For the purpose of brevity, I will skip ahead to 1965, after I had been discharged from the United States Air Force. But I will say that spending time in Texas and Mississippi made me question the “greatness of our country” even more.

The Escalation of an Unwinnable War

The war in South Vietnam had become the focus of every news story. The United States was fully engaged in a war halfway around the world, and young men my age, who were drafted into the war continued to ask, “why are we in this military conflict?” I ask that question today, having never received a logical explanation.

Events during the next decade of my life offered me two choices: trust those in authority or question everything. The attempts by our government to shut down demonstrations against the war, including the tragedy at Kent State University, added fuel to the fire as our nation became divided between older Americans, and our younger generation was drafted into service and forced to fight in a war they did not believe in. To this day I remain convinced that the division in our nation was intentional. Our government was desperate to hide the truth.

In 1975 our military retreated from South Vietnam in defeat. Not one person I knew who opposed the war considered this a victory or a loss, we saw it as a defeat for Imperialism and a government that had lied to us for over a decade.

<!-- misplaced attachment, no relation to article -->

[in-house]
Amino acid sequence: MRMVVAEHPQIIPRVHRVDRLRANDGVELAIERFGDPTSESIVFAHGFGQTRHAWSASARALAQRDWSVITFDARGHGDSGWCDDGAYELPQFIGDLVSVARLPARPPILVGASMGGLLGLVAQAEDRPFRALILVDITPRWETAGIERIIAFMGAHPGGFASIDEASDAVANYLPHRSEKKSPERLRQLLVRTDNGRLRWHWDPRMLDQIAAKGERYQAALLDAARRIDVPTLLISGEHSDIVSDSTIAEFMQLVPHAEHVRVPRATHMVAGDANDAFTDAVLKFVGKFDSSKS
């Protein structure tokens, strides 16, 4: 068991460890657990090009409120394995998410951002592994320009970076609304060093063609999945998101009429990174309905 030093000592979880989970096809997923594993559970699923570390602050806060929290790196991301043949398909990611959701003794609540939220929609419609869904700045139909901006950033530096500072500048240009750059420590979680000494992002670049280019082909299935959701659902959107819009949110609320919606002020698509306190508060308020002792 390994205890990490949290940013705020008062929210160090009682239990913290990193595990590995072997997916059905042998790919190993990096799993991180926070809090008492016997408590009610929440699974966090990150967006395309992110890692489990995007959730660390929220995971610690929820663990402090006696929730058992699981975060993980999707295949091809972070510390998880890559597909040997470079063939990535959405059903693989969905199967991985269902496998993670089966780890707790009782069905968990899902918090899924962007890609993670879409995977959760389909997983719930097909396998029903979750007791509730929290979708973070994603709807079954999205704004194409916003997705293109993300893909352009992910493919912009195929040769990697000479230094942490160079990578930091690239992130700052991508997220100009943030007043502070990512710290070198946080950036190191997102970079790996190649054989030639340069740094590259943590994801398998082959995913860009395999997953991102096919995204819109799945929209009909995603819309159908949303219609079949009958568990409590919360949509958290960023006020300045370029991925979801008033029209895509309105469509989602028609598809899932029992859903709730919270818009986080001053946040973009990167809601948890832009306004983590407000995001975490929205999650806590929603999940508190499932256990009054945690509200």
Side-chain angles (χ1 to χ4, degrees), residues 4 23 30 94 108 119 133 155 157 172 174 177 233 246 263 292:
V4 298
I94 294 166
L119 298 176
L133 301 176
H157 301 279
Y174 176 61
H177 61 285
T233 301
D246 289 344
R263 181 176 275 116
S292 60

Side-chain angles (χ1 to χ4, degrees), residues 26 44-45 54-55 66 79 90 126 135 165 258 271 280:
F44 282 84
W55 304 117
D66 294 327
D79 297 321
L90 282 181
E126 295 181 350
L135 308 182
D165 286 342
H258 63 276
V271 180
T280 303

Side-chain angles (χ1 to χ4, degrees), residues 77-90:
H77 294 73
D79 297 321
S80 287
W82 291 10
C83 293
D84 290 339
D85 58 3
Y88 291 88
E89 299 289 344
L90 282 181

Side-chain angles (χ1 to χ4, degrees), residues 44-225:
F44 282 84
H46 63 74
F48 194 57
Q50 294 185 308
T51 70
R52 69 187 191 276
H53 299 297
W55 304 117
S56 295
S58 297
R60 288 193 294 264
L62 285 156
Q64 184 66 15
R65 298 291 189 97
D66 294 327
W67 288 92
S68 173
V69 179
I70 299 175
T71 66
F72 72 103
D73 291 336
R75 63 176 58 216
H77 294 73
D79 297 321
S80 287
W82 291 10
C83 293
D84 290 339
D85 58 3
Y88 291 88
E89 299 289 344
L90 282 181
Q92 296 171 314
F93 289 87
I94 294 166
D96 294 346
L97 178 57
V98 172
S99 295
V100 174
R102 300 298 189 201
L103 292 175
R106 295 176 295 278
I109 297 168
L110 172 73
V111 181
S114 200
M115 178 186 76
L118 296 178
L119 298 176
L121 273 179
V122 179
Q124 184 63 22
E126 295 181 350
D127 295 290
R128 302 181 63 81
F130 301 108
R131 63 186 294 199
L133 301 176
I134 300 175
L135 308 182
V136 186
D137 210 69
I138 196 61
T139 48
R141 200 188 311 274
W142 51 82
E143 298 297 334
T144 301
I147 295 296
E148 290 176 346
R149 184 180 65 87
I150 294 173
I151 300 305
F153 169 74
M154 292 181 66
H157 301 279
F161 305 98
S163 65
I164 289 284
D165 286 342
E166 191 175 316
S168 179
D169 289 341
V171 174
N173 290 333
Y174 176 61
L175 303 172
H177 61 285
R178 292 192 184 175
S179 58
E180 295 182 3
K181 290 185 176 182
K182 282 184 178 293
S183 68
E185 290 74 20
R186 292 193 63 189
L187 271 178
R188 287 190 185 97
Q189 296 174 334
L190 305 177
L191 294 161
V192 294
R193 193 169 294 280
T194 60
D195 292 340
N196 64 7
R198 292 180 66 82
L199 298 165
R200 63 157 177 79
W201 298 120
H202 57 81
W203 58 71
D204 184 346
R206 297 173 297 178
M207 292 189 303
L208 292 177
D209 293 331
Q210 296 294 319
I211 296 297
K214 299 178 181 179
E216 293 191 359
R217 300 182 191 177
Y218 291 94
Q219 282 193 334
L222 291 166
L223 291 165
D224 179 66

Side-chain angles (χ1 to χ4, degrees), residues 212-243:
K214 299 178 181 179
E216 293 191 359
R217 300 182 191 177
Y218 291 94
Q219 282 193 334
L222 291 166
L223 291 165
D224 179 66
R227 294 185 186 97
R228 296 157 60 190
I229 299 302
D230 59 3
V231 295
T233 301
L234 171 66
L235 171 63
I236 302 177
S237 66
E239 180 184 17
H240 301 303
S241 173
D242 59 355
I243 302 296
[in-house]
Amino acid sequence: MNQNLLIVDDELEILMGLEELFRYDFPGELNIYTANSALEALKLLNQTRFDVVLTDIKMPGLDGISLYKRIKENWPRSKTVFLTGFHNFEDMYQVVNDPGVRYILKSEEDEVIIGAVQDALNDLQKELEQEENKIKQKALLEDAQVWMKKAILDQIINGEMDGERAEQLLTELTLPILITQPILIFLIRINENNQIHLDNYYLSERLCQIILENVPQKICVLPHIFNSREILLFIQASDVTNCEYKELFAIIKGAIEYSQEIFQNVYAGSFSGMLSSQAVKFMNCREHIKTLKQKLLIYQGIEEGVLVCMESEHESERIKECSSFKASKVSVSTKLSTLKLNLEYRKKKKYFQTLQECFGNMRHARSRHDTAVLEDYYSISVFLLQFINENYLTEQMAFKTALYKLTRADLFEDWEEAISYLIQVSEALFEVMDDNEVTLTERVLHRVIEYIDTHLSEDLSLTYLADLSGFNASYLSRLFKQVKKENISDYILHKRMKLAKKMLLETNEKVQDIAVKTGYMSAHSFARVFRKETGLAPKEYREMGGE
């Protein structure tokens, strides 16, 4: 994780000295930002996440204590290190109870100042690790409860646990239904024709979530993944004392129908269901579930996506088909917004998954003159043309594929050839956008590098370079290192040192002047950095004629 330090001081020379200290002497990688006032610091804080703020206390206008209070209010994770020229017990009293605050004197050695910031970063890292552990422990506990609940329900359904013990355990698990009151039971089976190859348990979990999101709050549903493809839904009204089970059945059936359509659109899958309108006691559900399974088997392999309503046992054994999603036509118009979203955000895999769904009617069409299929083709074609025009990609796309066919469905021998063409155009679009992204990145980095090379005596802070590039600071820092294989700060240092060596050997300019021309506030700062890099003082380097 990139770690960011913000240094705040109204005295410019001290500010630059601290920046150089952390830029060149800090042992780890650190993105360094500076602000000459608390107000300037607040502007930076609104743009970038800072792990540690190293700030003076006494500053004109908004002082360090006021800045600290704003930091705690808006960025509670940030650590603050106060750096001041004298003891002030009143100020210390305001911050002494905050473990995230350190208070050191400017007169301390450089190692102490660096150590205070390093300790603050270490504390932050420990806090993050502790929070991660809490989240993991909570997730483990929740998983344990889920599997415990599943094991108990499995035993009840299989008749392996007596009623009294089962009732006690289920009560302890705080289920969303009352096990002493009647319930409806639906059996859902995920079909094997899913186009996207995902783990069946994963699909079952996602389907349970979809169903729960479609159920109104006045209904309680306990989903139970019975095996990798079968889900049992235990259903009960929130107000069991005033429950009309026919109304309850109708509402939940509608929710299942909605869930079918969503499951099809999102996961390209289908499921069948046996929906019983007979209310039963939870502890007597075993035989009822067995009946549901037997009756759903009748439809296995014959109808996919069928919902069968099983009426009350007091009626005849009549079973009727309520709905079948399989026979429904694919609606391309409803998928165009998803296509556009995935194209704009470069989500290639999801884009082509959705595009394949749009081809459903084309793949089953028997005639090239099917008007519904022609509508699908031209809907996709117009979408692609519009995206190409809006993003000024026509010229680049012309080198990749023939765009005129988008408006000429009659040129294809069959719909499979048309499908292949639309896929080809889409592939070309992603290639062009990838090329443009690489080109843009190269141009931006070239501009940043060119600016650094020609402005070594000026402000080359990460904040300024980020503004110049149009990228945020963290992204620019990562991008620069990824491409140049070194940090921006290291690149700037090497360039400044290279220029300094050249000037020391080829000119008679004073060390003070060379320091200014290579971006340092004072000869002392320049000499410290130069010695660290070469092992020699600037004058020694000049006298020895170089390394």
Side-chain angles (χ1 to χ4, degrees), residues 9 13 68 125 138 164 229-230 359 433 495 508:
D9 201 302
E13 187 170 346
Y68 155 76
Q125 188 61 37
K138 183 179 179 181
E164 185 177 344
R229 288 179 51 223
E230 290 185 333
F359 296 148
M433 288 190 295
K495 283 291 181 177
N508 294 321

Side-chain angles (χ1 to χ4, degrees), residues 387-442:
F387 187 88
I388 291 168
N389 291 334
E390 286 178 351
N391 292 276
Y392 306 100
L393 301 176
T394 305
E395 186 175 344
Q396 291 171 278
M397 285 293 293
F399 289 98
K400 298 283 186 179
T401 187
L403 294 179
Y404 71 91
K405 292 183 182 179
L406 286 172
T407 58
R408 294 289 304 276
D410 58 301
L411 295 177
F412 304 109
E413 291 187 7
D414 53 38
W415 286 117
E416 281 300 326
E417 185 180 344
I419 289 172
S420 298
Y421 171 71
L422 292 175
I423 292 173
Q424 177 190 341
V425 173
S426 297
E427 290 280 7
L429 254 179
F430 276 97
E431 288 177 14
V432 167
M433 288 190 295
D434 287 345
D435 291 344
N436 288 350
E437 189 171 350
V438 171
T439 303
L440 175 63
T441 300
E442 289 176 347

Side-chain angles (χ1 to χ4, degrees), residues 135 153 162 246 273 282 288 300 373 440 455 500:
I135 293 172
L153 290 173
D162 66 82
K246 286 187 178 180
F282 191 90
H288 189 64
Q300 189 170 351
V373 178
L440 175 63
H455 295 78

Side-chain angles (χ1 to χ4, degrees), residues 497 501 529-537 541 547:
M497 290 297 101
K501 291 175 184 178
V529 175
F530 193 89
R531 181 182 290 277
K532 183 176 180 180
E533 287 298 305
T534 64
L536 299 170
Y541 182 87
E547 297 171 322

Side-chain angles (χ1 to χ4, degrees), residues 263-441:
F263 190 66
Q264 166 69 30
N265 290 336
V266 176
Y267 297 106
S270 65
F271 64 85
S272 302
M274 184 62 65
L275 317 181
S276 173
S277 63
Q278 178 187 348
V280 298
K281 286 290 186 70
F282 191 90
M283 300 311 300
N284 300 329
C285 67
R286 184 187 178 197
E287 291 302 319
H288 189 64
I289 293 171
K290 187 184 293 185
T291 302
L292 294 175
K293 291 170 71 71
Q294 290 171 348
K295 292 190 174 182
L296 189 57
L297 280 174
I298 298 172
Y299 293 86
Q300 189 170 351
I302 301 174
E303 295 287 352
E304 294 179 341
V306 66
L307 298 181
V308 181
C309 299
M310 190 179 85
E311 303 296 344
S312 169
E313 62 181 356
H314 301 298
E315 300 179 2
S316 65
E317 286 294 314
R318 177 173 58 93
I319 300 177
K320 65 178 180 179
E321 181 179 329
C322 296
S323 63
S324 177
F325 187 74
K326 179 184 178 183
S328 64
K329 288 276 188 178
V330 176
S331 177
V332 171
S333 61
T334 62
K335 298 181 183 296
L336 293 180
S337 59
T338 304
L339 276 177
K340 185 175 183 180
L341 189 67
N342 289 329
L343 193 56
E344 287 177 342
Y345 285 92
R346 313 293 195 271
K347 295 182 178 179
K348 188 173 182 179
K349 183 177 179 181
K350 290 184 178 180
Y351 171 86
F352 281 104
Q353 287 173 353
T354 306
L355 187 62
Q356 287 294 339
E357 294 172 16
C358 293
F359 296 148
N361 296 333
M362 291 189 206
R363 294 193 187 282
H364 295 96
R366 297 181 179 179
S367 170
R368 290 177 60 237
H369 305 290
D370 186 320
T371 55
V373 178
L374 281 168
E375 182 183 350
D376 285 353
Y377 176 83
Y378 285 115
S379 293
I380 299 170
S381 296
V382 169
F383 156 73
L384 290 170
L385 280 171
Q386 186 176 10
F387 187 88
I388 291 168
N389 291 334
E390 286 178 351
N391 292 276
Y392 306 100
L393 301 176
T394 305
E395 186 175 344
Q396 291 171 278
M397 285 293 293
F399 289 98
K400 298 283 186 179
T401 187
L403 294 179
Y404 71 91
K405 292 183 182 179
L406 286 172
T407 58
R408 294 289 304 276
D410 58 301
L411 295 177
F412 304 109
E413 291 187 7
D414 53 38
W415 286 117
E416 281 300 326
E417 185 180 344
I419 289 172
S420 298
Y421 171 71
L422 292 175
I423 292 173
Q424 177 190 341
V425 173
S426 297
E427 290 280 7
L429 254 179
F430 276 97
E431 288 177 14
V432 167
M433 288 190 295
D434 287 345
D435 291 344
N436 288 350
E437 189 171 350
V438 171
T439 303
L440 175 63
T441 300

My First Voting Experience

Trust in my government faded even more in 1968. This was the first year I was legally allowed to vote in a presidential election. My candidate of choice, Robert Kennedy, had been murdered months prior to the election. I was not fond of Hubert Humphrey, and I didn’t trust Richard Nixon. I won’t reveal my choice, because it is of no importance. I was an Independent then and remain so today.

The last time I was fooled by a presidential candidate was in 1980. As the Governor of California, I believed Ronald Reagan would be a good president. He fooled me, and millions of others. His first few months in office in 1981 revealed Reagan’s hatred for the working class and his low opinion of the value of women.